A Hanover Park family fears for its safety after a fire broke out in the court the family members live in, causing damage to their flat.
Moray Court residents, Fatima Johnson and her daughter Zainoenesa Manus who are among the six people who live in the council-owned third floor flat, live in fear as the cracks in their walls are worsening.
Ms Manus said the fire, which broke out on Tuesday August 22, started in a backyard dwelling at about 2pm.
After hearing an argument between people in a wendy house on the property, she looked out of the window and saw flames.
“We tried to put the pipe through the window and douse the flames, but our water pressure is too slow so it didn’t really help. The whole wendy house burnt,” she said.
The City of Cape Town’s Fire and Rescue Services spokesman, Theo Layne said they responded to a fire at 2.22pm on the day, deploying 18 firefighters, two fire engines, two water tankers, one hydraulic platform and a rescue vehicle from Wynberg, Ottery, Roeland Street, Gugulethu and Epping fire stations.
“Probable cause was due to a cooking device left unattended. I am not sure in which dwelling the fire started. Four formal structures and one informal structure was destroyed in the blaze,” he said.
Ms Manus said the floor in one of their two bedrooms had been damaged, and as a result, they’ve had to move everything out of the room – including the people who usually sleep in there.
She said most of their belongings have been moved to her sister’s place.
The pair now fear that their walls will break down as the cracks in the kitchen and bedroom walls are getting worse by the day.
Ms Johnson said she had been liaising with the Hanover Park rent office about their situation but was not satisfied with the progress.
She said on Wednesday September 20, the City of Cape Town gave them a shipping container to move into while repairs are undertaken, but, she says, it is too small for her family of six. It also has no bathroom or shower in it.
Ms Johnson said that after complaining about this to the rental office, the City delivered a mobile toilet which she says is now being used by the public and is a “whore house” at night.
“The City says they work for you but they are not working for me. They keep saying they are waiting on insurance but nothing gets done. They told me it can take up to six months but how can we wait that long? And they expect all six of us to live in a container. Do they expect us to go out at night to use the toilet?” said Ms Johnson.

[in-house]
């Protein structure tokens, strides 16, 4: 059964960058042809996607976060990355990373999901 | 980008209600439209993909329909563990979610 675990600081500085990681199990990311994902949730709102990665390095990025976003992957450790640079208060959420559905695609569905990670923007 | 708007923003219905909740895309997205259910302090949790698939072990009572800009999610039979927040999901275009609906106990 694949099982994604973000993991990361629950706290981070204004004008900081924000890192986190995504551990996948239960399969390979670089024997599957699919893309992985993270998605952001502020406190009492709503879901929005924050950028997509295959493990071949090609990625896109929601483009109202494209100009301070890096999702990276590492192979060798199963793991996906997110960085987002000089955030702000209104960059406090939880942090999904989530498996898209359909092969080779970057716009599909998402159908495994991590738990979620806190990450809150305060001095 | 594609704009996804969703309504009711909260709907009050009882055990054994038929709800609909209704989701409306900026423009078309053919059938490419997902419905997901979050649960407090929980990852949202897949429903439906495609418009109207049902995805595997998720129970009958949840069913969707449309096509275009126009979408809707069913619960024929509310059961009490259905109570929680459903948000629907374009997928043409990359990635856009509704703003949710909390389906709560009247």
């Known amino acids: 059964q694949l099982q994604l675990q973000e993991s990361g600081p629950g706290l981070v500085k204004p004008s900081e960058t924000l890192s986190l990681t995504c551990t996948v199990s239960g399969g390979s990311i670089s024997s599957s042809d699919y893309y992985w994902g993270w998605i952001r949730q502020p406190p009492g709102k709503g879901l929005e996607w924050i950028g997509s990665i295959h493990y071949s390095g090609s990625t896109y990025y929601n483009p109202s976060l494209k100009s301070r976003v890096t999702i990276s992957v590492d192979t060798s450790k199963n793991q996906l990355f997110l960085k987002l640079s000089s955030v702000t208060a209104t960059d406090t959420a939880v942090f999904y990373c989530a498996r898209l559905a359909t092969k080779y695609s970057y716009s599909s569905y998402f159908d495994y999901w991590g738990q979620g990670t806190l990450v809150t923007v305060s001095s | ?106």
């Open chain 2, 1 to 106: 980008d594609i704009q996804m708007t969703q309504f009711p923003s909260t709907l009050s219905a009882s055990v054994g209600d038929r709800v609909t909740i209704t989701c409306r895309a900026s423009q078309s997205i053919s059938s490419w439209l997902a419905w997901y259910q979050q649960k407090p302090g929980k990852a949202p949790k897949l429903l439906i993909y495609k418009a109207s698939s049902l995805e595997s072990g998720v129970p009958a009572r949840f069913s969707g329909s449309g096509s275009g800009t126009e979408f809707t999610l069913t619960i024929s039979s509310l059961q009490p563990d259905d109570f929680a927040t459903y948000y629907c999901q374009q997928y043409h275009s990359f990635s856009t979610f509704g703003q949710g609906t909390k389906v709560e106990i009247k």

“They want us to vacate but I will not move into that container unless they start working here because otherwise this place will be vandalised as well and if we move into the containers we must still pay rent for the flat,” she said.
City spokesperson Hayley van der Woude confirmed that “a standard temporary accommodation container” had been delivered to Moray Court at the beginning of September.
“It is the (Tenancy Management) Department’s understanding that the tenant declined three offers of alternative accommodation in Hanover Park,” Ms Van der Woude added.
She said the department had provided an electrical supply, a water supply, and a standard mobile chemical toilet. And on Ms Johnson’s allegations that it was being used for illicit sexual activity, Ms Van der Woude said: “The accommodation container is lockable to prevent illicit use,” said Ms Van der Woude.
Athlone News had also asked the City whether the flat had been condemned; whether the City had assessed the damage to the flat; when the repair work would be done; and whether there was truth to Ms Johnson’s allegation that she had been told that repairs could not be undertaken because of the gang violence in Hanover Park. These questions, however, remained unanswered.